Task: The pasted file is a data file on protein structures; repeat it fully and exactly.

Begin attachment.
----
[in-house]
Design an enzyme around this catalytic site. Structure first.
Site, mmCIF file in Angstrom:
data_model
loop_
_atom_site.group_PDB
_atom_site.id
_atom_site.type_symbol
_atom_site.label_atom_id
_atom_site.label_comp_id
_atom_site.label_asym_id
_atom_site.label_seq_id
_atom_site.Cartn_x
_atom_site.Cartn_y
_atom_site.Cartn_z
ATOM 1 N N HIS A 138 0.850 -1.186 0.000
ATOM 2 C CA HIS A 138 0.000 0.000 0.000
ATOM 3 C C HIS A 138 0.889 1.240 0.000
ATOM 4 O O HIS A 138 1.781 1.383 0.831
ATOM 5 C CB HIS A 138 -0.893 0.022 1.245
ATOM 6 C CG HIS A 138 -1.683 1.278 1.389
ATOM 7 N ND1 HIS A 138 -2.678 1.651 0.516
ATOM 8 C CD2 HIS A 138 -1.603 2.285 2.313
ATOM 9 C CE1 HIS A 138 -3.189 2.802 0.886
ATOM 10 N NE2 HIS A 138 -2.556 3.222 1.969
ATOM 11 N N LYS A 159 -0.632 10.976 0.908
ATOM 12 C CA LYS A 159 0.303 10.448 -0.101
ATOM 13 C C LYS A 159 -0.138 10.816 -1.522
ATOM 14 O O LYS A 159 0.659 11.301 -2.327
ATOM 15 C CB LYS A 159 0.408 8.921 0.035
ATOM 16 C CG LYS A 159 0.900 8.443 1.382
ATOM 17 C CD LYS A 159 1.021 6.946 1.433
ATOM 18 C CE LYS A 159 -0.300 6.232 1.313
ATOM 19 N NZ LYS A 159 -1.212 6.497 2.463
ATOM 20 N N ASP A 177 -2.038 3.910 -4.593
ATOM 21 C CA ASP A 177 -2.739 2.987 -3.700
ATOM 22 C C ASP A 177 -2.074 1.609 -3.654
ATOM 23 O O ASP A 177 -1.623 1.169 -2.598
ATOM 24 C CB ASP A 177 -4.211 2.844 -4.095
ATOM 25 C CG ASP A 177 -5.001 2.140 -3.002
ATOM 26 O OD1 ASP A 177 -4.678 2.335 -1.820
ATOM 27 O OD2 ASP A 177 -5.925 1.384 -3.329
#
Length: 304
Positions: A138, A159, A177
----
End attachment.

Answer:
[in-house]
Design an enzyme around this catalytic site. Structure first.
Site, mmCIF file in Angstrom:
data_model
loop_
_atom_site.group_PDB
_atom_site.id
_atom_site.type_symbol
_atom_site.label_atom_id
_atom_site.label_comp_id
_atom_site.label_asym_id
_atom_site.label_seq_id
_atom_site.Cartn_x
_atom_site.Cartn_y
_atom_site.Cartn_z
ATOM 1 N N HIS A 138 0.850 -1.186 0.000
ATOM 2 C CA HIS A 138 0.000 0.000 0.000
ATOM 3 C C HIS A 138 0.889 1.240 0.000
ATOM 4 O O HIS A 138 1.781 1.383 0.831
ATOM 5 C CB HIS A 138 -0.893 0.022 1.245
ATOM 6 C CG HIS A 138 -1.683 1.278 1.389
ATOM 7 N ND1 HIS A 138 -2.678 1.651 0.516
ATOM 8 C CD2 HIS A 138 -1.603 2.285 2.313
ATOM 9 C CE1 HIS A 138 -3.189 2.802 0.886
ATOM 10 N NE2 HIS A 138 -2.556 3.222 1.969
ATOM 11 N N LYS A 159 -0.632 10.976 0.908
ATOM 12 C CA LYS A 159 0.303 10.448 -0.101
ATOM 13 C C LYS A 159 -0.138 10.816 -1.522
ATOM 14 O O LYS A 159 0.659 11.301 -2.327
ATOM 15 C CB LYS A 159 0.408 8.921 0.035
ATOM 16 C CG LYS A 159 0.900 8.443 1.382
ATOM 17 C CD LYS A 159 1.021 6.946 1.433
ATOM 18 C CE LYS A 159 -0.300 6.232 1.313
ATOM 19 N NZ LYS A 159 -1.212 6.497 2.463
ATOM 20 N N ASP A 177 -2.038 3.910 -4.593
ATOM 21 C CA ASP A 177 -2.739 2.987 -3.700
ATOM 22 C C ASP A 177 -2.074 1.609 -3.654
ATOM 23 O O ASP A 177 -1.623 1.169 -2.598
ATOM 24 C CB ASP A 177 -4.211 2.844 -4.095
ATOM 25 C CG ASP A 177 -5.001 2.140 -3.002
ATOM 26 O OD1 ASP A 177 -4.678 2.335 -1.820
ATOM 27 O OD2 ASP A 177 -5.925 1.384 -3.329
#
Length: 304
Positions: A138, A159, A177